Meet the Tik Tok exec spreading Jewish values

(Photo: Galia Verthime Sherf)

Meet the Tik Tok exec spreading Jewish values

She’s a bestselling author and speaker, Tik Tok’s global head of culture, a wife and mother of four, and the first thing that comes out of her mouth in the morning is “Modeh Ani.”

Michal Oshman has little time to spare, but reciting the Jewish thankfulness prayer as soon as she wakes up is something she never skips. In fact, it’s spiritual Jewish practices like this that Oshman leans on to ground her within the business of life, she said.

“There is this beautiful Jewish wisdom that helps me to help myself, it’s brilliant,” Oshman told me in an interview from London, where she lives with her husband Yair and four children.

(Photo: Galia Verthime Sherf)

Until only seven years ago, Oshman, who was born and raised as a secular Jew in Israel, felt as if she had lived much of her life crippled by fear and anxiety. 

“I had so much to celebrate, but I felt empty,” she explained. “I was about the same age as my grandmother Chana, who saved herself from Auschwitz by jumping off the train and I felt so guilty for feeling unhappy when she had been so brave.”

It was in her late 30s that Oshman began a life-altering spiritual and religious journey.

“I discovered that there is a spiritual Jewish wisdom and it helped heal my mental health issues like depression, anxiety, impostor syndrome, comparison, perfectionism and self-obsession.”

In the Spring of 2021, Oshman published a book titled “What Would You Do If You Weren’t Afraid?: Discover a Life Filled with Purpose and Joy Through the Secrets of Jewish Wisdom” chronicling her upbringing as the daughter of Yehuda Hiss, Israel’s former chief pathologist and her journey to self-healing through Jewish wisdom. 

Each chapter is focused on a different concept in Jewish thought— take Chapter 2 titled “Neshama: Finding Your Flame”— followed by practical coaching questions to apply the concepts to the reader’s life. (Neshama is the Jewish concept of soul.)

Her belief is that Jewish wisdom is as relevant today as it was 3000 years ago. When applied to our contemporary problems, Oshman emphasized, the age-old philosophies can be deeply life changing.

“People have always suffered from fear, anxiety, jealousy, anger… Those are not new modern experiences, and Judaism has answers for exactly that,” she said.

Take perfectionism, for example. According to Jewish wisdom, Oshman explained, “we were created to be human, to make mistakes, to get things wrong, and then to learn from our mistakes and course correct.”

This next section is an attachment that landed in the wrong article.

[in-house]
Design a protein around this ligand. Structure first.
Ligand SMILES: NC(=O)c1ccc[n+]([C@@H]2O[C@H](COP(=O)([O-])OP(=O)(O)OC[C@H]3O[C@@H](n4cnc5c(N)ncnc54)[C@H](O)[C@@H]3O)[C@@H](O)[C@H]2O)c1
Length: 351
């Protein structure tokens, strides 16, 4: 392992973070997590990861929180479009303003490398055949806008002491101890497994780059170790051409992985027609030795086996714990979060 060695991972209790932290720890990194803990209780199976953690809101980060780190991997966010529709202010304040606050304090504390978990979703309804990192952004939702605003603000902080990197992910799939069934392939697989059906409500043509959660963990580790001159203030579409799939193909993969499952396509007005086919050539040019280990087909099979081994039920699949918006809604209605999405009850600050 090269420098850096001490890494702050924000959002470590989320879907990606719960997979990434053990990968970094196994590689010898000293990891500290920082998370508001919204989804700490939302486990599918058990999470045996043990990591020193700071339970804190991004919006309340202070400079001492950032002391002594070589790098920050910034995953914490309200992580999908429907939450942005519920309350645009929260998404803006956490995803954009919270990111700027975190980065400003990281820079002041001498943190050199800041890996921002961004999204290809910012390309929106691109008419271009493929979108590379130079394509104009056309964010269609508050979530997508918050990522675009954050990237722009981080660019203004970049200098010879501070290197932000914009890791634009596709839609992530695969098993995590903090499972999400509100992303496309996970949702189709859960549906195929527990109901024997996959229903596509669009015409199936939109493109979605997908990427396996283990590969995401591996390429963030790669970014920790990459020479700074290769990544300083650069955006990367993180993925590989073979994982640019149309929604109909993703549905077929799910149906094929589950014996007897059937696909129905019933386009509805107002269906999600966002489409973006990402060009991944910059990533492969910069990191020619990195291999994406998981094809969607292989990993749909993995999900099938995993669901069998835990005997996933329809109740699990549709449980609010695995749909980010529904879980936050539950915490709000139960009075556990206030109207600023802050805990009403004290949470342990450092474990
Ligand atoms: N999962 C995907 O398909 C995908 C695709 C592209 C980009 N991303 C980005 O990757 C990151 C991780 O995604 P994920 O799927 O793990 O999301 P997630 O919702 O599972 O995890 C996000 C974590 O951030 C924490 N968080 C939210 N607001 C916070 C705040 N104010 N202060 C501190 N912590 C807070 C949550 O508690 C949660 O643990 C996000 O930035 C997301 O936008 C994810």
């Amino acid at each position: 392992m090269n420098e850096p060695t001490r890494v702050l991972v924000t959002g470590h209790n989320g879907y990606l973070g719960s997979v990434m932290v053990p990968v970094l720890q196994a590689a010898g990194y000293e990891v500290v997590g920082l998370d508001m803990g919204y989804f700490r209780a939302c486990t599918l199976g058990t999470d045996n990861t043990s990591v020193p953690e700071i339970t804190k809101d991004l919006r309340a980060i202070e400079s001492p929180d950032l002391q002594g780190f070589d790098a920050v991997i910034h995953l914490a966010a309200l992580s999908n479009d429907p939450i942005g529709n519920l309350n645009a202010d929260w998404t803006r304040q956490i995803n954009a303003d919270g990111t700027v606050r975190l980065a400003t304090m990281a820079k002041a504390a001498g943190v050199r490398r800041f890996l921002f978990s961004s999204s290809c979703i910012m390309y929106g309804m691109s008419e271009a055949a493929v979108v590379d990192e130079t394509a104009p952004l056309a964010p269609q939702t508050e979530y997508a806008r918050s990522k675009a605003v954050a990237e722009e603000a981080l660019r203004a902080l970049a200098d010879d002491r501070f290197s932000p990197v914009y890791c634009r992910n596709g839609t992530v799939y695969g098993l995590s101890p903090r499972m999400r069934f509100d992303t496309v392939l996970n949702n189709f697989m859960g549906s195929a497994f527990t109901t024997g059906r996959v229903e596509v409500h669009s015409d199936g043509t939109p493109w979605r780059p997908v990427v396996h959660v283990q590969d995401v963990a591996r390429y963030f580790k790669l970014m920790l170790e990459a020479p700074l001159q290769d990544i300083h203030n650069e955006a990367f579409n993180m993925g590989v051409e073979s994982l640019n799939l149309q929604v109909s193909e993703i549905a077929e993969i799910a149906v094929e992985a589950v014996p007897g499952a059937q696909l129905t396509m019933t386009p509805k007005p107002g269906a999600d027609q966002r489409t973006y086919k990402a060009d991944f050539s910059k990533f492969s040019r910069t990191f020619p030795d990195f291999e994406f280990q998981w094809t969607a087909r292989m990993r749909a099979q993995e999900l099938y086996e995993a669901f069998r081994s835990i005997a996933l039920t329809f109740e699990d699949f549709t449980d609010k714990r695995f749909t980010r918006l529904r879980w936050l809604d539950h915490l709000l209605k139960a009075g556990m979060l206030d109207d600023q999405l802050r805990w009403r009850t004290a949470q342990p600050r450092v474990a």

That’s what the upcoming holiday of Yom Kippur– the Jewish day of atonement– is all about, she added. 

“It’s not a scary, negative day but rather an invitation for reflection, self help and growing.”

The journey to spirituality 

Oshman’s life looks very different than it did 10 years ago, but her “Jewish journey” was a slow process, she explained. Especially since she had to ensure she and her husband were on the same page.

(Photo: Galia Verthime Sherf)

“My husband didn’t marry a Shabbat-observant woman— in fact, we met at a very non-Kosher restaurant,” Oshman told me with a laugh. “But we deeply value being curious about what the other person cares about.”

Shalom Bayit, literally “peace in the home” is the most important thing, Oshman said. “If it’s not bringing peace, you’re not bringing it the right way.”

One of the family’s first forays into spirituality was observing Shabbat. 

“For us, it started with lighting candles on Friday night and sitting together to eat without our phones,” she explained. “Then we introduced one hour of Shabbat, and another… we phased it out for a very long time.”

Shabbat has since taken on a very special meaning for Oshman.

“Can you believe this wisdom, designed thousands of years ago, introduced 25 hours of ‘off?’” she explained, noting that shutting off technology for even a few hours is largely unheard of in the modern world. 

“How relevant is this thing that my grandmother did and her grandmother did, to today? We’re all part of this chain. I feel so special to play my part.”

Jewish values in the corporate world

Oshman grew up in Tel Aviv and moved to London with her husband as newlyweds. After a series of business and tech jobs, she joined Facebook’s leadership and development team nine years ago. Her book is inspired by a poster she came across on her first day at the company which asked: “What would you do if you weren’t afraid?”